Techiniques Used in 'This Is Love' and 'Leaving Prince Charming Behind' by Karlo Mila

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Particular techniques are used in the poems: ‘Leaving Prince Charming Behind’ and ‘This is Love’ by Karlo Mila to challenge the views of what love actually means which is held by society. ‘Leaving Prince Charming Behind’ is about a girl that was in a relationship which appear perfect on the outside, with a partner that played the perfect role but did not feel comfortable in the relationship, while ‘This is Love’ is about a girl who had all these misconceptions of love and is guided by her partner to finally understand what love really is about.

In ‘Leaving Prince Charming Behind’ alliteration is used to question what love actually is about. Karlo Mila uses the line “princess in your production” to emphasis the idea that the persona feels like she is playing a ‘role’ in her partner’s conceptions on what a perfect relationship should be like. The persona feels like the person she plays in the relationship is not really who she is but who her partner wants her to be. This is a common occurrence in society nowadays as girls are pressured at a young age with all these fairytales of perfect princesses, and knights on white horses, this distorts and gives of a wrong message that in order be desired have a ‘knight in shining armor’ running off to save them, they have to appear flawless both on the outside and on the inside.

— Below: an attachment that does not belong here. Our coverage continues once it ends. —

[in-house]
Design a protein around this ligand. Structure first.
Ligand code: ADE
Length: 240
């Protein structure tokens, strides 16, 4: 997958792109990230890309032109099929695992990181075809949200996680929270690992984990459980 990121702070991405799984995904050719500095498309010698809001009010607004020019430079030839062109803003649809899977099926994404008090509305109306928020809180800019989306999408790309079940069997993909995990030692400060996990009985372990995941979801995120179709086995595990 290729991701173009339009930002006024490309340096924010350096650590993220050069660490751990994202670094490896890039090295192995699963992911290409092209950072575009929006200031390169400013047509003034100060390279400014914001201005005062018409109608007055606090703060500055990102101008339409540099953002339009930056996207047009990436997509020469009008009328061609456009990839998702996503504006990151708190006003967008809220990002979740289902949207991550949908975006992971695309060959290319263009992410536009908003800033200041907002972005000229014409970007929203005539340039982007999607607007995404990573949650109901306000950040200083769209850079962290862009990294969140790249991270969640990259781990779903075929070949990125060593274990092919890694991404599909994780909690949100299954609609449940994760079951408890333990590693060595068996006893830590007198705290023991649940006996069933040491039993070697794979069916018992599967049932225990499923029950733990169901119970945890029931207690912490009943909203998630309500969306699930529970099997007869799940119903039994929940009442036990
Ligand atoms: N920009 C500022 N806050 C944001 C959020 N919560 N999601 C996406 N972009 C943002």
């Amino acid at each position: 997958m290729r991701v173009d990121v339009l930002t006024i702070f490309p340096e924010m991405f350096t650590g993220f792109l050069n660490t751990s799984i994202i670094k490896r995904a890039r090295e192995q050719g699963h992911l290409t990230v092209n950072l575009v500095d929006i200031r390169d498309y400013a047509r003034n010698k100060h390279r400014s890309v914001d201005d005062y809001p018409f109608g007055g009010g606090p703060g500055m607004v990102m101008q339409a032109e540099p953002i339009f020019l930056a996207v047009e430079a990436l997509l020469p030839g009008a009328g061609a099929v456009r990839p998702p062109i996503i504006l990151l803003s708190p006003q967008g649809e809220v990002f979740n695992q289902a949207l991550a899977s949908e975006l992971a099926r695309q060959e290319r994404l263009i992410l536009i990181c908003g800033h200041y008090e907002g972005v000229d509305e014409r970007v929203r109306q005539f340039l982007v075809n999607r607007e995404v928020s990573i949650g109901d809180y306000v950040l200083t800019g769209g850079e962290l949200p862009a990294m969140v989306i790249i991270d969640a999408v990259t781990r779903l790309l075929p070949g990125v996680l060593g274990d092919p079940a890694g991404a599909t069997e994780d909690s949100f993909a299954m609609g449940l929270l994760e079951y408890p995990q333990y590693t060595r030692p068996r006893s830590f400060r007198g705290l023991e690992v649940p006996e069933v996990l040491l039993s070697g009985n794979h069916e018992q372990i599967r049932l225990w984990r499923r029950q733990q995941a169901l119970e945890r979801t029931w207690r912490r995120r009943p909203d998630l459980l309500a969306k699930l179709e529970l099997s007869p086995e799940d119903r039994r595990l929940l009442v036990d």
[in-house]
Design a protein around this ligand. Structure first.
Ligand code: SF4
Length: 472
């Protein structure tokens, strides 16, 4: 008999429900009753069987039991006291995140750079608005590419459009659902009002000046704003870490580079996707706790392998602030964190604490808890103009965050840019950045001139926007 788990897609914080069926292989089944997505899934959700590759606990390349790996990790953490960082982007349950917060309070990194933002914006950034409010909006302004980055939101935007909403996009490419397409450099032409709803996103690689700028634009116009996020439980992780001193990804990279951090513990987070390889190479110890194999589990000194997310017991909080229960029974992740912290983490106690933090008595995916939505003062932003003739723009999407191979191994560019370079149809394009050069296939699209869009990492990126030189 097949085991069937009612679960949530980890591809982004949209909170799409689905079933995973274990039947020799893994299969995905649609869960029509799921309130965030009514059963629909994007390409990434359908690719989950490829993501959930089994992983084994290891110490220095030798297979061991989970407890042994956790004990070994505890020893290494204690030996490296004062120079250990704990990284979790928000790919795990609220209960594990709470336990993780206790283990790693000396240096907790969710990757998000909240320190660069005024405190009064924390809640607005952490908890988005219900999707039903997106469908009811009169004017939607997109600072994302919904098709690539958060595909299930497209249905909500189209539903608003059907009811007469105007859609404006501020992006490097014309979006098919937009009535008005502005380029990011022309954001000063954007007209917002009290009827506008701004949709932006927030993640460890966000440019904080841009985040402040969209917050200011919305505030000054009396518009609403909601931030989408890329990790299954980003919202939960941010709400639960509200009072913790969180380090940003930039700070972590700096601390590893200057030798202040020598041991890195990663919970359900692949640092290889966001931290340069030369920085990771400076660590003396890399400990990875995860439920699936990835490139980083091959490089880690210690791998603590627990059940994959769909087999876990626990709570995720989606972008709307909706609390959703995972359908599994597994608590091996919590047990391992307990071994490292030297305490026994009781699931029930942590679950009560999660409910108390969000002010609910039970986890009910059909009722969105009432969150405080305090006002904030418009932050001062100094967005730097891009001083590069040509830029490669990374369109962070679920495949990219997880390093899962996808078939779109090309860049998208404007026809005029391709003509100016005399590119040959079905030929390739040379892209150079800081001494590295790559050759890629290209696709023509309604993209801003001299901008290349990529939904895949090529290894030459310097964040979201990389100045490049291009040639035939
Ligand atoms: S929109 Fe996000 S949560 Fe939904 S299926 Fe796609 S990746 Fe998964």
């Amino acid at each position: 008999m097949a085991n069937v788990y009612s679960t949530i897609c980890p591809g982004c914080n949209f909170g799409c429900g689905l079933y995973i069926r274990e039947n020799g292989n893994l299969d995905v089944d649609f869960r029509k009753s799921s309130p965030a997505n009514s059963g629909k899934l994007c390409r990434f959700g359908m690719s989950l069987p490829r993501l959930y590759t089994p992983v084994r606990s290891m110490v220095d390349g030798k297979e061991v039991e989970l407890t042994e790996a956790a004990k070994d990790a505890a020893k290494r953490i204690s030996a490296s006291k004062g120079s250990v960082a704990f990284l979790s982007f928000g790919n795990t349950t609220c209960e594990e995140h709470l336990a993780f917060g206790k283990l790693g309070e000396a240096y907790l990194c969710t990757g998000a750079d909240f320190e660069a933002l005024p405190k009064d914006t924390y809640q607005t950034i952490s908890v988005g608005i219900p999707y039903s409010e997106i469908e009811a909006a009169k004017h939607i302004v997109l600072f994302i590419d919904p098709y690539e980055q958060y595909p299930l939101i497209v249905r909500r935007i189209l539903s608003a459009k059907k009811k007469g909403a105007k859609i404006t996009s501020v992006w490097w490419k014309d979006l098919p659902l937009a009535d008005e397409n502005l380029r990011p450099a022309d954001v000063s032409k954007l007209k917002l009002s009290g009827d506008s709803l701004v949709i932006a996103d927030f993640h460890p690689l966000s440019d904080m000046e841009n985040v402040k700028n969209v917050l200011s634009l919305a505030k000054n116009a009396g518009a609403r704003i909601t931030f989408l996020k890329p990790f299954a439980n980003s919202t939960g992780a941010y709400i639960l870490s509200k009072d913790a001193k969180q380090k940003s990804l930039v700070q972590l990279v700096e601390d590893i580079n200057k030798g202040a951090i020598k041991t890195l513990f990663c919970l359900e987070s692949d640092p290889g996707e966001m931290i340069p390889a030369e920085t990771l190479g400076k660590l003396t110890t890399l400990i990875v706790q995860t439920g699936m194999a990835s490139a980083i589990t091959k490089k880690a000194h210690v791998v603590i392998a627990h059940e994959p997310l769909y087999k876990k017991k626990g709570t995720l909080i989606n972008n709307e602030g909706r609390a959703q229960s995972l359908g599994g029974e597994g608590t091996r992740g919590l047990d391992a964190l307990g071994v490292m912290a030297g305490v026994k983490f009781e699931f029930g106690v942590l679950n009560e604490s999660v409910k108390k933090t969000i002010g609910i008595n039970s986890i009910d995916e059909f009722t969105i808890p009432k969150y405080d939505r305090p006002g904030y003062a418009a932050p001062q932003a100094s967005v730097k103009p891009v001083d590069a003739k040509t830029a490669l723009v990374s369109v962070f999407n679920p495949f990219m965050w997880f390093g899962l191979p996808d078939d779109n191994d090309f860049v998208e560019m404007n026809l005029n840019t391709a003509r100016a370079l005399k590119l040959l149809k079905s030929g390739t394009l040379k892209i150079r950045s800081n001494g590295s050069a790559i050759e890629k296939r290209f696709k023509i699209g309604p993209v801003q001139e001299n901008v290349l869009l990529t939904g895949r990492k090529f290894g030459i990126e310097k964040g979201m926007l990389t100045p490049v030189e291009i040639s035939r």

The repetition of the consonance ‘P’ in the sentence “Poor dark prince in your gallant white horse…your kiss didn’t wake me up to your way of think” is used emphasize the sentence and to challenge the society’s views that a woman are dependent on men. In fairytales the princesses are dependent on men to save them for any troubles that arise, the traditional heroes of stories are usually men. By using the word “dark”, Karlo Mila purposely uses a word that has negative connotations of being evil and sinister to express the character of the prince, or the partner in the poem. The author contrasts societies views on the traditional hero by...
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